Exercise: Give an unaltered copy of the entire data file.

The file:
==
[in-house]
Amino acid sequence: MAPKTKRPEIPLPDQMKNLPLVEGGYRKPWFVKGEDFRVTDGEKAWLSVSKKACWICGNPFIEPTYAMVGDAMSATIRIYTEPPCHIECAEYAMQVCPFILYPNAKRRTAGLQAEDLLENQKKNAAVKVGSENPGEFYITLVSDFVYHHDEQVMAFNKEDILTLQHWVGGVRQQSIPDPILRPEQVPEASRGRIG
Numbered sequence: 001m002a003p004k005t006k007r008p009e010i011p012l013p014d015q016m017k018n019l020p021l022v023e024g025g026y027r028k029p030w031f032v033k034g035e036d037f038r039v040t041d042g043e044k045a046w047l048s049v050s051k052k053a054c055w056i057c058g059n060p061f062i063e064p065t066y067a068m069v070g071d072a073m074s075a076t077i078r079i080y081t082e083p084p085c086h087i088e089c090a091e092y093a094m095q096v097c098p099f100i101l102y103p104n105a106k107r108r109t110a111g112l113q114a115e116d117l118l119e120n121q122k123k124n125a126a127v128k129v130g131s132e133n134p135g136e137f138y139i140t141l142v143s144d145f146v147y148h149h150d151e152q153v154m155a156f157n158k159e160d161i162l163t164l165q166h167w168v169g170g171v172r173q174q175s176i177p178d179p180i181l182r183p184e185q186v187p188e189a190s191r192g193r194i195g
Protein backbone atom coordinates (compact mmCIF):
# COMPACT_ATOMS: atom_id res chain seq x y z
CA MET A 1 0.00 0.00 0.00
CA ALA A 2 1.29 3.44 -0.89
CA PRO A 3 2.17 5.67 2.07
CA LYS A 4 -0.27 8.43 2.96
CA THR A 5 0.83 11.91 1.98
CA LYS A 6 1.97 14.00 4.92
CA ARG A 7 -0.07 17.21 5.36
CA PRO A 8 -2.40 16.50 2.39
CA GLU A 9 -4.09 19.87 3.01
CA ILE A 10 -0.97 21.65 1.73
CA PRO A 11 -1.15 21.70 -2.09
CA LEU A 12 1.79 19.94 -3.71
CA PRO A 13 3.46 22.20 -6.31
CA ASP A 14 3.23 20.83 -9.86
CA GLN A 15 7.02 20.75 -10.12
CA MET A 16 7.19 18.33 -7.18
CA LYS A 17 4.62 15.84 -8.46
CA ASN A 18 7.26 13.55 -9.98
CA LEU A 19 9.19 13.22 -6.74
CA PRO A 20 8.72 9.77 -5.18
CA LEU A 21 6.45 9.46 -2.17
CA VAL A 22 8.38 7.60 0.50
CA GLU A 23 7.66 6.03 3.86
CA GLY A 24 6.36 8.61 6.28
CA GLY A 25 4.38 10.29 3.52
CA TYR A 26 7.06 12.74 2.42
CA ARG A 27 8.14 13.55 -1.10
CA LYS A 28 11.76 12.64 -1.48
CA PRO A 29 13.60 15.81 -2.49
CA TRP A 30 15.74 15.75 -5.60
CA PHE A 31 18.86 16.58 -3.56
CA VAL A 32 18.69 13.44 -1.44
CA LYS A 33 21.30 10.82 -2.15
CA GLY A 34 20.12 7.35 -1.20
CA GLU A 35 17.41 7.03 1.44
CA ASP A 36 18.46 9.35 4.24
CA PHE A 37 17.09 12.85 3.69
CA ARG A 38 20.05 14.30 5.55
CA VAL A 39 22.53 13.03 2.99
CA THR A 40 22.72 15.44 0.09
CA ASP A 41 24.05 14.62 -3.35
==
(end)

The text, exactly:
[in-house]
Amino acid sequence: MAPKTKRPEIPLPDQMKNLPLVEGGYRKPWFVKGEDFRVTDGEKAWLSVSKKACWICGNPFIEPTYAMVGDAMSATIRIYTEPPCHIECAEYAMQVCPFILYPNAKRRTAGLQAEDLLENQKKNAAVKVGSENPGEFYITLVSDFVYHHDEQVMAFNKEDILTLQHWVGGVRQQSIPDPILRPEQVPEASRGRIG
Numbered sequence: 001m002a003p004k005t006k007r008p009e010i011p012l013p014d015q016m017k018n019l020p021l022v023e024g025g026y027r028k029p030w031f032v033k034g035e036d037f038r039v040t041d042g043e044k045a046w047l048s049v050s051k052k053a054c055w056i057c058g059n060p061f062i063e064p065t066y067a068m069v070g071d072a073m074s075a076t077i078r079i080y081t082e083p084p085c086h087i088e089c090a091e092y093a094m095q096v097c098p099f100i101l102y103p104n105a106k107r108r109t110a111g112l113q114a115e116d117l118l119e120n121q122k123k124n125a126a127v128k129v130g131s132e133n134p135g136e137f138y139i140t141l142v143s144d145f146v147y148h149h150d151e152q153v154m155a156f157n158k159e160d161i162l163t164l165q166h167w168v169g170g171v172r173q174q175s176i177p178d179p180i181l182r183p184e185q186v187p188e189a190s191r192g193r194i195g
Protein backbone atom coordinates (compact mmCIF):
# COMPACT_ATOMS: atom_id res chain seq x y z
CA MET A 1 0.00 0.00 0.00
CA ALA A 2 1.29 3.44 -0.89
CA PRO A 3 2.17 5.67 2.07
CA LYS A 4 -0.27 8.43 2.96
CA THR A 5 0.83 11.91 1.98
CA LYS A 6 1.97 14.00 4.92
CA ARG A 7 -0.07 17.21 5.36
CA PRO A 8 -2.40 16.50 2.39
CA GLU A 9 -4.09 19.87 3.01
CA ILE A 10 -0.97 21.65 1.73
CA PRO A 11 -1.15 21.70 -2.09
CA LEU A 12 1.79 19.94 -3.71
CA PRO A 13 3.46 22.20 -6.31
CA ASP A 14 3.23 20.83 -9.86
CA GLN A 15 7.02 20.75 -10.12
CA MET A 16 7.19 18.33 -7.18
CA LYS A 17 4.62 15.84 -8.46
CA ASN A 18 7.26 13.55 -9.98
CA LEU A 19 9.19 13.22 -6.74
CA PRO A 20 8.72 9.77 -5.18
CA LEU A 21 6.45 9.46 -2.17
CA VAL A 22 8.38 7.60 0.50
CA GLU A 23 7.66 6.03 3.86
CA GLY A 24 6.36 8.61 6.28
CA GLY A 25 4.38 10.29 3.52
CA TYR A 26 7.06 12.74 2.42
CA ARG A 27 8.14 13.55 -1.10
CA LYS A 28 11.76 12.64 -1.48
CA PRO A 29 13.60 15.81 -2.49
CA TRP A 30 15.74 15.75 -5.60
CA PHE A 31 18.86 16.58 -3.56
CA VAL A 32 18.69 13.44 -1.44
CA LYS A 33 21.30 10.82 -2.15
CA GLY A 34 20.12 7.35 -1.20
CA GLU A 35 17.41 7.03 1.44
CA ASP A 36 18.46 9.35 4.24
CA PHE A 37 17.09 12.85 3.69
CA ARG A 38 20.05 14.30 5.55
CA VAL A 39 22.53 13.03 2.99
CA THR A 40 22.72 15.44 0.09
CA ASP A 41 24.05 14.62 -3.35